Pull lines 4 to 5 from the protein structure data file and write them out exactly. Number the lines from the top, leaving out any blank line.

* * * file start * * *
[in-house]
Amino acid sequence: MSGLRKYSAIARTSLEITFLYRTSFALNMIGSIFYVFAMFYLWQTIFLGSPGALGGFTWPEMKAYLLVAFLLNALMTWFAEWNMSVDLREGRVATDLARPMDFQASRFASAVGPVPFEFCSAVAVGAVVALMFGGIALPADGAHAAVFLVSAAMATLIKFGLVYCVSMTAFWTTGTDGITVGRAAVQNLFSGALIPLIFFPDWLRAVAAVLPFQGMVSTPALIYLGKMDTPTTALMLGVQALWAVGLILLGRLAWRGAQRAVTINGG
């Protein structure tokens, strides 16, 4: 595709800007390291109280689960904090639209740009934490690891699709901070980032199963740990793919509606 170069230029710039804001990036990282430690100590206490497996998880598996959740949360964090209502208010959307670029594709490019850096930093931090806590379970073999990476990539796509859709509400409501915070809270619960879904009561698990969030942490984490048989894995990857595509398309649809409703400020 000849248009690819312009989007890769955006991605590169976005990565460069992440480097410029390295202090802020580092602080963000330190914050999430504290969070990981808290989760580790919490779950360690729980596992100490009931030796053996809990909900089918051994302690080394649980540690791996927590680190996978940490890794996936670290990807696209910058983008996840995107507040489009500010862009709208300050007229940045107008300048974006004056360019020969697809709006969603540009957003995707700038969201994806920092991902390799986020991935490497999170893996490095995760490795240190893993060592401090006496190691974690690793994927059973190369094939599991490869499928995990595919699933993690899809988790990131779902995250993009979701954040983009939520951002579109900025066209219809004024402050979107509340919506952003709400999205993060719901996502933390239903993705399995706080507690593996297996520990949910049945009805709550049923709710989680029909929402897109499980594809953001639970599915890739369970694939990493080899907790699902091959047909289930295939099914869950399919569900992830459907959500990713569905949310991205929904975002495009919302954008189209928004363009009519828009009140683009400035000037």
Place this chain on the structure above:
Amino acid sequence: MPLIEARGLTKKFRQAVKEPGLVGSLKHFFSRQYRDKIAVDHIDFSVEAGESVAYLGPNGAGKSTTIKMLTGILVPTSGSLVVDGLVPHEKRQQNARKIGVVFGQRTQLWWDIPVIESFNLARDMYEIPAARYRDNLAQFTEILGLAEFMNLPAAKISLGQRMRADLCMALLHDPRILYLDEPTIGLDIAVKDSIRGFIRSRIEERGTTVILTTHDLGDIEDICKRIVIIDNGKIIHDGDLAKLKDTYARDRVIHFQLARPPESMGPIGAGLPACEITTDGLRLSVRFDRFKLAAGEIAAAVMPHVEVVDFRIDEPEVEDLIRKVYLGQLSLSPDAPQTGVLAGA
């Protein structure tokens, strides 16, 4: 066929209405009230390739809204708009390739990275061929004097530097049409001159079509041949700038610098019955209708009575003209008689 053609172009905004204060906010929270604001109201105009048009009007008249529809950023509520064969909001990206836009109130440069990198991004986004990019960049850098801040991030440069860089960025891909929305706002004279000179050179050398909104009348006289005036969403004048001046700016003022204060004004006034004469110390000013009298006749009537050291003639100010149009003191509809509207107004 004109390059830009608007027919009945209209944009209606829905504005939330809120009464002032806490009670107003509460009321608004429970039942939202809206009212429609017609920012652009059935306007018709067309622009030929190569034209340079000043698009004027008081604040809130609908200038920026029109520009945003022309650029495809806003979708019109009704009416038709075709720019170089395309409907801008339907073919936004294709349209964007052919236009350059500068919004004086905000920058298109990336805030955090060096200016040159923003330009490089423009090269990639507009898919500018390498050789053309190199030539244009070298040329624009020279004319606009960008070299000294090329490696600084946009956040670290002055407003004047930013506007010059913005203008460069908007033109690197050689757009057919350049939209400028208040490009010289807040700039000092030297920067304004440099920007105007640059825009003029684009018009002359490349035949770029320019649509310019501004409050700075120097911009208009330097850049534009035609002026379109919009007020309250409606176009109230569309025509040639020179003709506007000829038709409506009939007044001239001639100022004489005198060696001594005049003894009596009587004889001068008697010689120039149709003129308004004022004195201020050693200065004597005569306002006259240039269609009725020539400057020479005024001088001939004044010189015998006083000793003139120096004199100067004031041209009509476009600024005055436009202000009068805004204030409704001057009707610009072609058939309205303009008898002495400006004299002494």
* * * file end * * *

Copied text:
Place this chain on the structure above:
Amino acid sequence: MPLIEARGLTKKFRQAVKEPGLVGSLKHFFSRQYRDKIAVDHIDFSVEAGESVAYLGPNGAGKSTTIKMLTGILVPTSGSLVVDGLVPHEKRQQNARKIGVVFGQRTQLWWDIPVIESFNLARDMYEIPAARYRDNLAQFTEILGLAEFMNLPAAKISLGQRMRADLCMALLHDPRILYLDEPTIGLDIAVKDSIRGFIRSRIEERGTTVILTTHDLGDIEDICKRIVIIDNGKIIHDGDLAKLKDTYARDRVIHFQLARPPESMGPIGAGLPACEITTDGLRLSVRFDRFKLAAGEIAAAVMPHVEVVDFRIDEPEVEDLIRKVYLGQLSLSPDAPQTGVLAGA